Ways to Protect Your Home Before Legal Action

Protecting your assets is best handled in preparation for circumstances, not as a quick response to them. It is important to remember that these steps should be taken before any legal action, such as a lawsuit, has been filed.  Below are several common ways that your personal or primary home can be protected should a legal cause ever happen.

Homestead Exemption

Almost every state has statutes that protect a certain amount of value of your home from creditors or during bankruptcy.  Essentially if someone such as a creditor files a lawsuit against a respondent, the resulting case may require the sale of the home.  The creditor will only get the remaining balance after selling fees, the mortgage balance and the homestead exemption amount.  If homeowners want to take advantage of this exemption, they should contact us.

Tenancy by the Entirety

Certain states offer unique protection called “tenancy by the entirety.”  Essentially this protects the home if one spouse is sued for reasons that have nothing to do with the other spouse.  Essentially this law asserts that it is not fair for one spouse to lose their home because of the actions of the other.  Even if your state does not have this law in the books you can accomplish the same result in the other ways described herein.

Create a Domestic Asset Protection Trust

This is a self-settled trust created and protected under certain state statutes.  In general, these types of trusts are becoming more accepted each year as new states adopt some form of DAPT trust laws.  This type of trust can provide certain protections to homes, farms, vacation homes or beach houses that you plan on keeping for life or a very long time.  In most states, the longer a property is held in a DAPT, the more it will be protected in the future.

Speak with a professional today

There are many ways in which your personal and business assets can be protected.  Perhaps you run a business where you must take financial risks.  Putting the house in your low-risk spouse’s name, for example, could help protect your home should legal concerns arise.  You may also consider getting an “Umbrella Risk” insurance policy that protects you from a wide variety of situations.  These Asset Protection techniques should be components in your Asset Protection System™.  Remember that it is wisest to plan for a storm while the skies above are blue.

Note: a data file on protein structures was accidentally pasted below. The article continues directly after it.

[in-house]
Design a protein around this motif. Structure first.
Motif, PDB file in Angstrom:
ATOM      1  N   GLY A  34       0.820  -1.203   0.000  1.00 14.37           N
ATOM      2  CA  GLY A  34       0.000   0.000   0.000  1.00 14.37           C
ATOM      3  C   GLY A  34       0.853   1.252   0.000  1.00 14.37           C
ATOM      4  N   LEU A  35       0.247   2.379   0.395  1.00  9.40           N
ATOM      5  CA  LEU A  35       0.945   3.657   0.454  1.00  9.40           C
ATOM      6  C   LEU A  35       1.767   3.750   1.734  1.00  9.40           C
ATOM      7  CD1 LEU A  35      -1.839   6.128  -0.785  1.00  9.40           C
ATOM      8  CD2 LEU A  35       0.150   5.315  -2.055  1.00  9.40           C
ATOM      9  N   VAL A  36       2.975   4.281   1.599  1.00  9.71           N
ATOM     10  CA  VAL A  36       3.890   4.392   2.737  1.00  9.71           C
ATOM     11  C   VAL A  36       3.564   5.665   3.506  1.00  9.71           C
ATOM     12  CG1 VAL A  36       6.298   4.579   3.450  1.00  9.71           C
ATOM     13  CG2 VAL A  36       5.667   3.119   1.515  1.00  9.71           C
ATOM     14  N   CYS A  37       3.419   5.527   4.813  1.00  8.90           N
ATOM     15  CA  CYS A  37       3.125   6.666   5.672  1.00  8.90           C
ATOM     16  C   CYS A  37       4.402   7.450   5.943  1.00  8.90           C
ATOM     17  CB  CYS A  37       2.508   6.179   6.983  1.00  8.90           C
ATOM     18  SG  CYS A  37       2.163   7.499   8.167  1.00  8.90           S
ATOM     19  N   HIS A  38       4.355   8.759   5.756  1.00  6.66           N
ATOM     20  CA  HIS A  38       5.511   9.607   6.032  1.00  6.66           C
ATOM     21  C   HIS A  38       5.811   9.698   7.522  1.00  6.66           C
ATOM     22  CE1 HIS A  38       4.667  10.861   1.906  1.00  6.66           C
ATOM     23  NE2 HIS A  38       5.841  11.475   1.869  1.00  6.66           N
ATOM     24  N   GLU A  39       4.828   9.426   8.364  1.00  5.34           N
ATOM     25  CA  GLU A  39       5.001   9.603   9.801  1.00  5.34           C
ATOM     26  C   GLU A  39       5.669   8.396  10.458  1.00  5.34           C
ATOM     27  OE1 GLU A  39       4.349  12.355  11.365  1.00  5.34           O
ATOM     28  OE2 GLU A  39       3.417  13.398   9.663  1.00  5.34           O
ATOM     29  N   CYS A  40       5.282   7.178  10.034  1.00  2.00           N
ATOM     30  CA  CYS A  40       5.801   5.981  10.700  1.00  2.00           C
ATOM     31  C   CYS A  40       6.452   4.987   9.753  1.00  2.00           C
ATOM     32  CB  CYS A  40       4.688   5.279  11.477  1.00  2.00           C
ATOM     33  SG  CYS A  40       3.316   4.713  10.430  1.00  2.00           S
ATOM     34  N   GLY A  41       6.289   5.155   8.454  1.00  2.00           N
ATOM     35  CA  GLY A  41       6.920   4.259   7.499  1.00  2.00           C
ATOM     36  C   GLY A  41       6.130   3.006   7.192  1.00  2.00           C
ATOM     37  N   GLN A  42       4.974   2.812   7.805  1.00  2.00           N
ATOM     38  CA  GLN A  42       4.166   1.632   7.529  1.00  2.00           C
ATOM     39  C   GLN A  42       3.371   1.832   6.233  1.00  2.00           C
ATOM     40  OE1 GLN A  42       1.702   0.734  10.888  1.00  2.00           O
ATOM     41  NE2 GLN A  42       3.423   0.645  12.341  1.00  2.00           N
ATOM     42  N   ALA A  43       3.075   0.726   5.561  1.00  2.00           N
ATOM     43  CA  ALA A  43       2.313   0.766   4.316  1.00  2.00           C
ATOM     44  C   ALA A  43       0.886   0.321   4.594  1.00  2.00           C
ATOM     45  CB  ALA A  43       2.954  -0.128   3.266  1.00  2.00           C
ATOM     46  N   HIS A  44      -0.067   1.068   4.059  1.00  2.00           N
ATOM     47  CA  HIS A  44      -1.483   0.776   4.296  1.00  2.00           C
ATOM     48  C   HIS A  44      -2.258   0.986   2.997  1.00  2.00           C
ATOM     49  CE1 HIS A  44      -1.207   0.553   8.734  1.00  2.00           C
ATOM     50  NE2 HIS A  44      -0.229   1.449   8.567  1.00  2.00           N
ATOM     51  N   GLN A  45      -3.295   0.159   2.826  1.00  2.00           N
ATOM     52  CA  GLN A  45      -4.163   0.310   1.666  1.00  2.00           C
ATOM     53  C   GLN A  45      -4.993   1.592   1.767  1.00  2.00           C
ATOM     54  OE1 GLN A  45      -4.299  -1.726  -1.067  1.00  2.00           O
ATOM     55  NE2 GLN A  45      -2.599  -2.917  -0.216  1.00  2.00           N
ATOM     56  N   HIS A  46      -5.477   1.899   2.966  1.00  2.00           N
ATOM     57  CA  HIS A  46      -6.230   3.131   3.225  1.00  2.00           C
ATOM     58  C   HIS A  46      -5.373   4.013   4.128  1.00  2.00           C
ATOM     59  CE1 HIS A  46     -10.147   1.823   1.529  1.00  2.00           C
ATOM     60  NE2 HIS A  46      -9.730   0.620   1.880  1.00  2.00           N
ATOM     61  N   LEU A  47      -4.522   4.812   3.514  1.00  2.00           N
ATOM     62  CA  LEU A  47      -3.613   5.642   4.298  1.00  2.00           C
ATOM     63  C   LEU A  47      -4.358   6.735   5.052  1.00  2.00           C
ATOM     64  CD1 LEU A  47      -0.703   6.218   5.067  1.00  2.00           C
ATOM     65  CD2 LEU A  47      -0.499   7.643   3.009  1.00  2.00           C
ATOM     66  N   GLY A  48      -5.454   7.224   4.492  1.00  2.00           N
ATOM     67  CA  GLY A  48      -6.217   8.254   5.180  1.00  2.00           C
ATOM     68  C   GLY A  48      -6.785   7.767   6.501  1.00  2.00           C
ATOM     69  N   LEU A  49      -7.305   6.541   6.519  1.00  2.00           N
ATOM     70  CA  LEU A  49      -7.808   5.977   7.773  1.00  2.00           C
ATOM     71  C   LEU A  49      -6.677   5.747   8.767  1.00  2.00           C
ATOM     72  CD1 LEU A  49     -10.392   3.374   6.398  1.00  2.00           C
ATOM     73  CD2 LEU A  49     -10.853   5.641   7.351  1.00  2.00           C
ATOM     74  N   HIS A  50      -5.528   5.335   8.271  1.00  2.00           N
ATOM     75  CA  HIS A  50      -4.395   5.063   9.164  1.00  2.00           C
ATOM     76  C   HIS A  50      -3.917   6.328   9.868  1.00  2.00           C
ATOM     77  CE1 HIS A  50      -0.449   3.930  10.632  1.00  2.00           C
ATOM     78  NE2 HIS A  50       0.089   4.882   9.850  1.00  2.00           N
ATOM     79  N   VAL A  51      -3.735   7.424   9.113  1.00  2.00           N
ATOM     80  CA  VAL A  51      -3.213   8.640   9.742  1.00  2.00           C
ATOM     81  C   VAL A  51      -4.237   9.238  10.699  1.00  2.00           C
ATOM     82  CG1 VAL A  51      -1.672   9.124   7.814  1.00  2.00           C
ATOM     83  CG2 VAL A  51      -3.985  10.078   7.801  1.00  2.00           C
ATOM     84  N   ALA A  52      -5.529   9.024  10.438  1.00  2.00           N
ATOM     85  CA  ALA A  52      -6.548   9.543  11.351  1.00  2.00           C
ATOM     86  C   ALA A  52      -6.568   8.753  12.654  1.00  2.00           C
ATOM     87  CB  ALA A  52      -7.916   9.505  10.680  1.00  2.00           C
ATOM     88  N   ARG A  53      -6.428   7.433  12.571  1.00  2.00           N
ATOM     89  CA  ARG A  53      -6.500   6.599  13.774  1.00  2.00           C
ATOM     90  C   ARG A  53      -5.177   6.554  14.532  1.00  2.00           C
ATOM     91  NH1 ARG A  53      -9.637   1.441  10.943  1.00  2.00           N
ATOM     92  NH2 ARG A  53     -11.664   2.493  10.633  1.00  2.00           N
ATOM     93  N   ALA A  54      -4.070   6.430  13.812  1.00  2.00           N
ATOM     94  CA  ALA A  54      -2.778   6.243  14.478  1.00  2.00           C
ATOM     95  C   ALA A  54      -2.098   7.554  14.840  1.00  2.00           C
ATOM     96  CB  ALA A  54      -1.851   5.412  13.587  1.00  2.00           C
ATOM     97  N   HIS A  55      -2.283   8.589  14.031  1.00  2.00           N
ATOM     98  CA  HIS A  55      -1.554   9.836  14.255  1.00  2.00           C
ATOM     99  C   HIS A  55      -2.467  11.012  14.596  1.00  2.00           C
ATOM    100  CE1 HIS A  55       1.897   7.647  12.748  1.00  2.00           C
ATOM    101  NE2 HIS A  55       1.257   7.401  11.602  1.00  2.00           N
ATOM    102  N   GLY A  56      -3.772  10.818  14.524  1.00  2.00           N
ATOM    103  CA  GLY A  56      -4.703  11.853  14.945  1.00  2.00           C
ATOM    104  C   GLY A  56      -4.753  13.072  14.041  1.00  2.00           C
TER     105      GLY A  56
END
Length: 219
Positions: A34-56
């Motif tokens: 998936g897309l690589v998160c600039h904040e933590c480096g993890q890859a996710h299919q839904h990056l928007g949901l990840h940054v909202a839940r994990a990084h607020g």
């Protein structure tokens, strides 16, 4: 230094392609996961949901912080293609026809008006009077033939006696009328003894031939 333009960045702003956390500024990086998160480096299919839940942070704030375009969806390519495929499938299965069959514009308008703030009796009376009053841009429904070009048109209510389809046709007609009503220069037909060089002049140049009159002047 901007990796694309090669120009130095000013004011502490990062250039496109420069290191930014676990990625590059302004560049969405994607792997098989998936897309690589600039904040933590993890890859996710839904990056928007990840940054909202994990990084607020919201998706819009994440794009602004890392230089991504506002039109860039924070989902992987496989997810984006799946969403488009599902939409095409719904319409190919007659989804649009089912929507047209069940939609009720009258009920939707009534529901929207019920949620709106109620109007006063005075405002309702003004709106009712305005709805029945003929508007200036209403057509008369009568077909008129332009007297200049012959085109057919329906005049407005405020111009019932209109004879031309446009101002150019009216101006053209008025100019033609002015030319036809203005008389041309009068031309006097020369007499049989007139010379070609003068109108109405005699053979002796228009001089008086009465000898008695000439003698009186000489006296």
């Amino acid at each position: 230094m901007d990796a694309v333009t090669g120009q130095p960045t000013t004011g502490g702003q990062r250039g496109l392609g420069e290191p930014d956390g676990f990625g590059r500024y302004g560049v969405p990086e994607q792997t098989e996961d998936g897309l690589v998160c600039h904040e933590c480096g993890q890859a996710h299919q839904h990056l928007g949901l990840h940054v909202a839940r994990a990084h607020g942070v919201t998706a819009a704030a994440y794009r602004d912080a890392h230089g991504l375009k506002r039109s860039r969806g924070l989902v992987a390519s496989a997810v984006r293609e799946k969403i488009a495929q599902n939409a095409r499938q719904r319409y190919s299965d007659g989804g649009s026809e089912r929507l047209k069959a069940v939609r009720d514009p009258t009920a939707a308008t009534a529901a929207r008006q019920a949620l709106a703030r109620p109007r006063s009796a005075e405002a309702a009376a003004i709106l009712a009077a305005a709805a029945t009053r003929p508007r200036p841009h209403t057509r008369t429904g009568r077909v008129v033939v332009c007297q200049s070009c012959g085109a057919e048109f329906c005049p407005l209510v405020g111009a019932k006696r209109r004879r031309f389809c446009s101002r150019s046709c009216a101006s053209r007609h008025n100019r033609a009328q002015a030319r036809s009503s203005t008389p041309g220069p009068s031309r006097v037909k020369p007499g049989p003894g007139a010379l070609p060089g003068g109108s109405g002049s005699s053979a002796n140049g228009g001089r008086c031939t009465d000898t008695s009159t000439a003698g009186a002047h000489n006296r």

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How to Protect Items of Sentimental Value in Estate Planning

When we think of estate planning or writing a will, we often think of big-ticket items.  This includes items such as real estate, expensive items, vehicles, retirement plans, business, and personal investments.  While these items have a monetary value associated with them, they are not always the most important possessions in a persons’ life.  It is vital that when a person passes away, they know their Items that have sentimental value have been considered as well.  This includes things like family heirlooms, paintings, jewelry, antiques or anything that has an emotional attachment associated with the property.  Many individuals seek peace of mind by knowing that their wishes as followed and that the desired party receives the items that were meant for them.  Below is information about a personal property memorandum and how this document can be easier and more direct than a traditional will when it comes to sentimental items.

Why a personal property memorandum can be an ideal choice

A will or trust can become a lengthy and cumbersome document to constantly change or make addendums to.  This is especially the case if you are an active collector and need to add specific directions with each new addition.  The process of updating a will or trust usually requires a formal codicil or trust amendment for even minor changes to go into effect.  If you utilize a personal property memorandum, you can transform these legacies without worrying about all the traditional formalities.  It’s typically much less complicated to merely remove an old memorandum and replace it with a brand-new one when you want to make changes.  This can also avoid potential conflict in the future because the dispersal of personal property can be outlined.

It is important to realize that the validity and use of a personal property memorandum is handled on a state law basis.  Some states require that the memorandum needs to be specially stated in your last will and testament or revocable living trust, while others just won’t recognize this sort of a casual checklist in any way.  Making a list of your most treasured items and deciding which family members and friends will receive them can be highly beneficial.

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